Barnett raged not only against men who exploited her but the women snubbing her daughter, Maggie, who entered the University of Oregon in 1932 and tried to pledge a sorority, Alpha Chi Omega. Members rejected her because of her mom’s occupation: Barnett was “screaming and crying in rage” but then told her daughter, “For every sorority girl that comes in my office, you’ll get a new dress!”
Maggie recalled, “I was the most fashionable and best outfitted girl at the university that season. And also the wildest, wickedest, drunkenest, most daring, and most promiscuous.” Barnett aborted six of Maggie’s children—her own grandchildren.
Barnett also liked earning at least $9 million (more than $100 million today) and buying “jewelry, expensive bric-a-brac, minks.” Maggie recalled her mom telling her, “Buy yourself a man, a husband, a lover. What can’t money buy? … We had about four or five fur coats apiece. … She loved jewelry. She had some gorgeous pieces.”
A third abortionist, Edgar Keemer Jr. (1913–1980), combined resentment and ideology. He grew up in a middle-class Black home hoping to echo his father, who rose from a poor rural background to become a pharmacology professor. Keemer Jr. tried to develop a well-paid practice in Indiana, but the local medical society denied him membership on racial grounds and the local hospital refused him admitting privileges.
Keemer visited New York City and Chicago but found underpaid Black doctors there moonlighting as railway porters. He settled in Detroit, where Blacks had entered the auto industry at good wages and Wayne County’s welfare system paid for doctors’ visits. Keemer let other Black physicians know that he would do abortions. His initial patients were their relatives. As others became aware of his clean clinical setting and maternal safety record, referrals increased.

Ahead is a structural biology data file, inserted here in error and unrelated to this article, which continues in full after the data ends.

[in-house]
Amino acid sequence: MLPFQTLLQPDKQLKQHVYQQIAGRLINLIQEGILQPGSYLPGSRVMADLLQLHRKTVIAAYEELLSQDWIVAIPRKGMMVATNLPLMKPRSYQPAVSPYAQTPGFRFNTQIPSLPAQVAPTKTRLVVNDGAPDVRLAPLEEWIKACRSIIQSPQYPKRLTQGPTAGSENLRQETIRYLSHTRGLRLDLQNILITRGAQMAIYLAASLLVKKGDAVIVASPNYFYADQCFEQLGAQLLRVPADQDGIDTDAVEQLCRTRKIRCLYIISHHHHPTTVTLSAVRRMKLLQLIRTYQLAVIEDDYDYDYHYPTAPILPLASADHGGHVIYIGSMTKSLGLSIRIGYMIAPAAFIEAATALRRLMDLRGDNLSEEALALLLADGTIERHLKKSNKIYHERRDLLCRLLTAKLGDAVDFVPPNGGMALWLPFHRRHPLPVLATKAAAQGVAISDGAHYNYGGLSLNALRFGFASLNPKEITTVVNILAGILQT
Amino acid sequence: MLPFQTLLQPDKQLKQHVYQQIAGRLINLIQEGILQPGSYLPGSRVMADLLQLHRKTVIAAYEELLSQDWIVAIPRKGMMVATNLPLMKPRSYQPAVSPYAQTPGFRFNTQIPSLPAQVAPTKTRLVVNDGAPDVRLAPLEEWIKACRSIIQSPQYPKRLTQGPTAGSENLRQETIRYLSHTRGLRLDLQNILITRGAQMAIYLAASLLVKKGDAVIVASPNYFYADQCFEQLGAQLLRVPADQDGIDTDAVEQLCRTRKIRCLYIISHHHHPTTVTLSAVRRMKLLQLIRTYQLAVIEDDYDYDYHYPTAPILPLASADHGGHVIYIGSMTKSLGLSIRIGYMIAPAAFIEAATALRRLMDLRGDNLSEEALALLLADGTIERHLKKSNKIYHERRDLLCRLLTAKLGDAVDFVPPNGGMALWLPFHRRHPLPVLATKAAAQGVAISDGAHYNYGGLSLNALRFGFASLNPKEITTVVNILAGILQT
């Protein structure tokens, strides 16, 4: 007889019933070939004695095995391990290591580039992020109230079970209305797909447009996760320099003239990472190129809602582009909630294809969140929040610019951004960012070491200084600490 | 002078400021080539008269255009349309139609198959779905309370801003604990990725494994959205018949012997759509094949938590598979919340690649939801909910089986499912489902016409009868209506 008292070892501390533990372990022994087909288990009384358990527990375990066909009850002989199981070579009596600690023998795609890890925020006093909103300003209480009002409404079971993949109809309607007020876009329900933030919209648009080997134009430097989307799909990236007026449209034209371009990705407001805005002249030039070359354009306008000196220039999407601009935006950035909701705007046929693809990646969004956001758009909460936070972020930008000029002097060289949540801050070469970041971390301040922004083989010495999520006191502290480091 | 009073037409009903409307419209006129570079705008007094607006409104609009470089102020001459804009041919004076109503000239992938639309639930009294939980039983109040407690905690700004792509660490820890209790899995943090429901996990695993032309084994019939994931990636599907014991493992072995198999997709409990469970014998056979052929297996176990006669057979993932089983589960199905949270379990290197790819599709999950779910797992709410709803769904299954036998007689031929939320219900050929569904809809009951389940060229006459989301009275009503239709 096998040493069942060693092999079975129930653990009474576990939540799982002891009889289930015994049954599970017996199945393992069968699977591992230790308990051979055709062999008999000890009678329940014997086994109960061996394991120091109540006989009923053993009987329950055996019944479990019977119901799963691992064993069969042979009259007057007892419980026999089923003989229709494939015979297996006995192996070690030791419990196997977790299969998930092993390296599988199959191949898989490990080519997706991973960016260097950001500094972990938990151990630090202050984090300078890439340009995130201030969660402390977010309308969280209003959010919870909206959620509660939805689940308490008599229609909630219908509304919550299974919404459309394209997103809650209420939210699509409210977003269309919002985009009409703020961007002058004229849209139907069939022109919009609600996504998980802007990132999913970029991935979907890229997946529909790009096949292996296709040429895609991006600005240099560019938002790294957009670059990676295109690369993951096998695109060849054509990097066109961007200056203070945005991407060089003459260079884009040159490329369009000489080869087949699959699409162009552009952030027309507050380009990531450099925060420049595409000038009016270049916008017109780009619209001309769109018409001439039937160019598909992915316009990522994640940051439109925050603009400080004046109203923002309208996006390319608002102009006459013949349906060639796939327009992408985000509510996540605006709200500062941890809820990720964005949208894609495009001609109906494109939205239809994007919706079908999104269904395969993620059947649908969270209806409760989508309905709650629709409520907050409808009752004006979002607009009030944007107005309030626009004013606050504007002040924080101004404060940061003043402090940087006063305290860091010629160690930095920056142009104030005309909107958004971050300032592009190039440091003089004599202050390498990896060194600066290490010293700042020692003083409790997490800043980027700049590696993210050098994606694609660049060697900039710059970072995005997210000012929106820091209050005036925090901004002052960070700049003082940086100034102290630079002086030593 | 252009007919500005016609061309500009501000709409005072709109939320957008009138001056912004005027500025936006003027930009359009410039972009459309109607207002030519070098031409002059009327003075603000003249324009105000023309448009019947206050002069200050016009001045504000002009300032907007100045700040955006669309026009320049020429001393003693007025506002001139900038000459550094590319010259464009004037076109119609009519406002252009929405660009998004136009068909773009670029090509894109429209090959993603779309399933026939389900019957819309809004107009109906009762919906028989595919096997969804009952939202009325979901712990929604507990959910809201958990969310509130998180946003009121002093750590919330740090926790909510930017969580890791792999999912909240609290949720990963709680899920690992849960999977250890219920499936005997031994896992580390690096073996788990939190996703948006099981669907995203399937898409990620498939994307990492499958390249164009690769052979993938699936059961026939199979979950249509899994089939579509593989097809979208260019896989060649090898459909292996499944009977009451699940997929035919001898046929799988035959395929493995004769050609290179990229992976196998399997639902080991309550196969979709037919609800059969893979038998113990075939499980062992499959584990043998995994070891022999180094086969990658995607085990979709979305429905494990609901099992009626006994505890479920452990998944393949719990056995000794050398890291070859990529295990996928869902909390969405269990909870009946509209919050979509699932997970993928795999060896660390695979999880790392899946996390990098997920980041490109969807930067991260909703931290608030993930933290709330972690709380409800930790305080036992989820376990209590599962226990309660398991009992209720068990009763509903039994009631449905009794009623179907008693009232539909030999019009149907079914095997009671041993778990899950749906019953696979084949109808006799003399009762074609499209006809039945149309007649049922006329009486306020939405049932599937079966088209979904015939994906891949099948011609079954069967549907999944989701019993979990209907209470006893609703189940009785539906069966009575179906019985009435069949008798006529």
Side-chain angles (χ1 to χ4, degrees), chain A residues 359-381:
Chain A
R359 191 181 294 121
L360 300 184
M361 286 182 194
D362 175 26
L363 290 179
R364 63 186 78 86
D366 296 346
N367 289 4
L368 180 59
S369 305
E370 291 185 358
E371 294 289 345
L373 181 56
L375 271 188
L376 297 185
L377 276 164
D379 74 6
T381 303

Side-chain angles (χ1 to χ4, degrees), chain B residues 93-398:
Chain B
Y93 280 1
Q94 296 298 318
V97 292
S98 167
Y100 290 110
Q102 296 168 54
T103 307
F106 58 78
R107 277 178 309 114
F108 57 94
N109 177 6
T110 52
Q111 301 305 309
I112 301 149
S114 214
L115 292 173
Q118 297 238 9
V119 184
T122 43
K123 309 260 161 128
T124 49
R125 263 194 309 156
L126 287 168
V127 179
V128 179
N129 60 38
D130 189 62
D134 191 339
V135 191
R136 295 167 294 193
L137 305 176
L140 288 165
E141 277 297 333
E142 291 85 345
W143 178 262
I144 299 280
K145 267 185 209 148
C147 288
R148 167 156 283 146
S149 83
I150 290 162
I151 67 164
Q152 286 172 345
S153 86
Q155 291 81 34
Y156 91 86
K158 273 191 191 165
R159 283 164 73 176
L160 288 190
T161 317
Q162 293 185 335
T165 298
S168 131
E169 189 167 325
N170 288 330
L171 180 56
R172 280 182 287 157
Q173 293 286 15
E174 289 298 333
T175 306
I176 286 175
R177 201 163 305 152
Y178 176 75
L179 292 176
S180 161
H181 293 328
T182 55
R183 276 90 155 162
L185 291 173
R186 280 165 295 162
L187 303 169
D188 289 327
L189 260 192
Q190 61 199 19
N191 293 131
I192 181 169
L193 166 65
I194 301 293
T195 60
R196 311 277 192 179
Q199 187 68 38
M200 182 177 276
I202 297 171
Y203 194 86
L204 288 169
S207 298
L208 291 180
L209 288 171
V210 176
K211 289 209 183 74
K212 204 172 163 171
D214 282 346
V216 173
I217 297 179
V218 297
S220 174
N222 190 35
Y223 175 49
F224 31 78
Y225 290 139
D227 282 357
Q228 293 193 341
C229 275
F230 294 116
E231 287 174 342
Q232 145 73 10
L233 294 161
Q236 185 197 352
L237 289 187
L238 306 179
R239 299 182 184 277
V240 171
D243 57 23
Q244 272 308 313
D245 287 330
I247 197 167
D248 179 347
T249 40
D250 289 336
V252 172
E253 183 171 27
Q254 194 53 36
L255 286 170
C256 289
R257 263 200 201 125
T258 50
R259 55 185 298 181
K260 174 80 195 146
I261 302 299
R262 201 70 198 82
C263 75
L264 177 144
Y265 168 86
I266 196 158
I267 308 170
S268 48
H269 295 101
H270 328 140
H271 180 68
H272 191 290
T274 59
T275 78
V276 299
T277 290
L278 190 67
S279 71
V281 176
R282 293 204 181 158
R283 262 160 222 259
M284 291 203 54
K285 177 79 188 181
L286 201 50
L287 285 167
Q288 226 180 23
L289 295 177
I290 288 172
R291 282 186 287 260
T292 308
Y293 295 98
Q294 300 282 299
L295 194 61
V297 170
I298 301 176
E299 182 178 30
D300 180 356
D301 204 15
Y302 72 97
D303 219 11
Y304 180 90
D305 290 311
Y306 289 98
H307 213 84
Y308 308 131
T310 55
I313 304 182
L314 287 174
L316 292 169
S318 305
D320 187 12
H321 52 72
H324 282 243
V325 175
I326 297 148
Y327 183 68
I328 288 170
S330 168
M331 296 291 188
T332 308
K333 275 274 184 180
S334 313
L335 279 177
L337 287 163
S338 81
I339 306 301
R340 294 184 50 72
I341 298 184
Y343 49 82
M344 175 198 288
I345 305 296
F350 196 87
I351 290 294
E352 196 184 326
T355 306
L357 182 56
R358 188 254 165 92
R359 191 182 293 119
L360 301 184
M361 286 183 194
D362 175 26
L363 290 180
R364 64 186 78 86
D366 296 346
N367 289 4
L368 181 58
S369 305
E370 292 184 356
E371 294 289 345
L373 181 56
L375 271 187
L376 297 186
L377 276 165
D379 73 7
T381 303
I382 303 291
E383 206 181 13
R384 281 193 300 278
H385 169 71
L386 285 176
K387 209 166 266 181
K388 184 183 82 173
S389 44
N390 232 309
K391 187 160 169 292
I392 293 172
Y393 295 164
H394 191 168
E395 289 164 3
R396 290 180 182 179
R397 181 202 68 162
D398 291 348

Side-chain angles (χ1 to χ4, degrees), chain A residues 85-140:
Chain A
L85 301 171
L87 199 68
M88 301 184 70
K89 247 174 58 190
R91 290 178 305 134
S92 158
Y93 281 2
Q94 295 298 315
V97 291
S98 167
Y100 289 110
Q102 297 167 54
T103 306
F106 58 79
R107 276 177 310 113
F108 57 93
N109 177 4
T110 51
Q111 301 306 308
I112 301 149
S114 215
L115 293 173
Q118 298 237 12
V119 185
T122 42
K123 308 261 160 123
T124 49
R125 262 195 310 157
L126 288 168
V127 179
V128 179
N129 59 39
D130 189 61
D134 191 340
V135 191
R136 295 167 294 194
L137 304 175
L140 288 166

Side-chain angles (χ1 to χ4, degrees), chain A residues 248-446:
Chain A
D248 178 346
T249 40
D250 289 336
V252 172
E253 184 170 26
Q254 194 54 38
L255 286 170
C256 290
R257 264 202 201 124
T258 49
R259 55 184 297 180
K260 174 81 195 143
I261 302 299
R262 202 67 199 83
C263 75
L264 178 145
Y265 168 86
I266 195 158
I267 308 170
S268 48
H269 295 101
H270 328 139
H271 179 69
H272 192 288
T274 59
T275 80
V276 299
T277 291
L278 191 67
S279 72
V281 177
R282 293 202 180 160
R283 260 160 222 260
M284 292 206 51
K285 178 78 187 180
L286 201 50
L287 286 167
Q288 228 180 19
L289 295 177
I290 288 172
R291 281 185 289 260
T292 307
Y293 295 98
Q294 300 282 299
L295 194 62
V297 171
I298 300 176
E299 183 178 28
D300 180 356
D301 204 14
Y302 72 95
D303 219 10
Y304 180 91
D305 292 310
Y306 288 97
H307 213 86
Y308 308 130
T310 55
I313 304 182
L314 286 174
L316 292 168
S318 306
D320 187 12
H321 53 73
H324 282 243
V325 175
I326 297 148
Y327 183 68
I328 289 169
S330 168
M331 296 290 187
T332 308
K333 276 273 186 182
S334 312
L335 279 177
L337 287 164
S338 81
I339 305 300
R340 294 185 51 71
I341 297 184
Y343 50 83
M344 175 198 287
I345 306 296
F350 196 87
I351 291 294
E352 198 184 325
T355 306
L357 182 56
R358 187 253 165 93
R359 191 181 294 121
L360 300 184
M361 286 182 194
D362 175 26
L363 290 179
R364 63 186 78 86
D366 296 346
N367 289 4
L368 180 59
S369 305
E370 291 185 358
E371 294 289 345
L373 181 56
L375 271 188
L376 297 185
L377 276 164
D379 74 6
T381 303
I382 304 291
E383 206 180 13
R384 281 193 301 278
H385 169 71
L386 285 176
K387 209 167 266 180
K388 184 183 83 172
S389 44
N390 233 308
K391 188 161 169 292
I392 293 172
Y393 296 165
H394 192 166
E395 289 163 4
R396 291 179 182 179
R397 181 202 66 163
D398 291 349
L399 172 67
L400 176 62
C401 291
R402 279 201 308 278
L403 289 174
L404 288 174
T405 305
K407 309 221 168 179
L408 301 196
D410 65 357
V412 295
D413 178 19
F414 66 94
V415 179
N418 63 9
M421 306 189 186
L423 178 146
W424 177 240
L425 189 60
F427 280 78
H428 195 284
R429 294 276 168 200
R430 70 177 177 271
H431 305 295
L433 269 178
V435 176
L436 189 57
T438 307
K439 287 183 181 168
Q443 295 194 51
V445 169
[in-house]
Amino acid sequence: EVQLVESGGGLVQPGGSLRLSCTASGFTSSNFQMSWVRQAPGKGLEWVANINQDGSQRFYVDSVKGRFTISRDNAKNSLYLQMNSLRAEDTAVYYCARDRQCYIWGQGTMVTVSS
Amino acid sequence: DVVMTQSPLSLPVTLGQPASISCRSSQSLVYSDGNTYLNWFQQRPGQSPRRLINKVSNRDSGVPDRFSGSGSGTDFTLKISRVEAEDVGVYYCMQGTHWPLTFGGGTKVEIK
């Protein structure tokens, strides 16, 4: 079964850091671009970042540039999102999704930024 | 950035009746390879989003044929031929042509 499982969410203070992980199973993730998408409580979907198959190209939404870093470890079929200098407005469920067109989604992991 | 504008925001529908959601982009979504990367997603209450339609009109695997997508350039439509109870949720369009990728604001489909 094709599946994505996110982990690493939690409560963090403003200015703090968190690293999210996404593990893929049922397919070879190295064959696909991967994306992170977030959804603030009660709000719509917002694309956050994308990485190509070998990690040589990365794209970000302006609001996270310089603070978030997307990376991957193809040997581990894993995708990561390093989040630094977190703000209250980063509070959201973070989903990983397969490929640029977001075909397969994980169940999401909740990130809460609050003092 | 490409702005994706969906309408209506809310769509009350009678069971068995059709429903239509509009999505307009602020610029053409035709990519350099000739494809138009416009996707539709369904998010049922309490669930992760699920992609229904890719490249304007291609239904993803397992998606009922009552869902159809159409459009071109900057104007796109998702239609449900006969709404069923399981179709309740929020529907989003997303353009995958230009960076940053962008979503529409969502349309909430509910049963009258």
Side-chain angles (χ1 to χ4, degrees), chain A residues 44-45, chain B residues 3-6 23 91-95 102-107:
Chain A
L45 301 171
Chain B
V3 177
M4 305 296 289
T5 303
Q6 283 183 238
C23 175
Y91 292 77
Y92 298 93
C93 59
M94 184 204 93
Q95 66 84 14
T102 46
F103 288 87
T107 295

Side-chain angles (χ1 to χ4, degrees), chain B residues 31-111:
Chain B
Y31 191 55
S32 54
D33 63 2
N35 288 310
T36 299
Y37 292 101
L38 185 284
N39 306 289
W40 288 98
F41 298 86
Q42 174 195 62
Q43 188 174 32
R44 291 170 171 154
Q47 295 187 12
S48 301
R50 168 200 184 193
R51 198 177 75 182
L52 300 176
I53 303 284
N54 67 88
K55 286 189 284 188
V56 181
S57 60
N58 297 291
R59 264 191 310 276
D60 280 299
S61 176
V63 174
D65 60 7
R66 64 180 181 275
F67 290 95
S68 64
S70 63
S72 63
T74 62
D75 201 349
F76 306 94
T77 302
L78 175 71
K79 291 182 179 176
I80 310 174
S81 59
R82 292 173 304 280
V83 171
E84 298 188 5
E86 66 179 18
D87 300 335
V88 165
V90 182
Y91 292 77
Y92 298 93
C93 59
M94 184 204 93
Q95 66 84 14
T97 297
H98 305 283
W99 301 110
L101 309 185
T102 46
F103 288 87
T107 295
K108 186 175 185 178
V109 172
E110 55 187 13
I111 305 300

When the United States entered World War II, Keemer tried to enlist in the navy as a doctor but encountered racial slurs and suggestions that he work in the kitchen or mop floors. The NAACP, trying to show patriotism, pressured him.
Keemer later said only one person “came not to lecture me. … He was a member of the Socialist Workers Party,” the Communist offshoot that supported Leon Trotsky in his battle against Joseph Stalin. Keemer joined the SWP in 1943, committed to replacing “capitalism with socialism wherein every man and every woman would be guaranteed a satisfying function in society”––if they survived.
In his autobiography, Keemer said he performed 30,000 abortions. When we add his work to Spencer’s and Barnett’s, we find that these three mass murderers apparently wiped out at least 110,000 unborn children. It can be tempting to demonize them, but they too, like Bernard Nathanson who presided over 60,000 abortions, were created in God’s image.
Once Nathanson realized the enormity of his sin, he “would awaken each morning at four or five o’clock, staring into the darkness and hoping (but not praying yet) for a message to flare forth acquitting me before some invisible jury.” Eventually, “for the first time in my entire adult life, I began to entertain seriously the notion of God … who problematically had led me through the proverbial circles of hell, only to show me the way to redemption and mercy through His grace.”
For Nathanson to change, he had to come to two understandings: that the life in a woman’s womb is human and worthy of protection and that God’s grace is boundless, able to reach even someone with the blood of thousands on his hands. Those are truths that the church, too, can carry into a post-Roe world.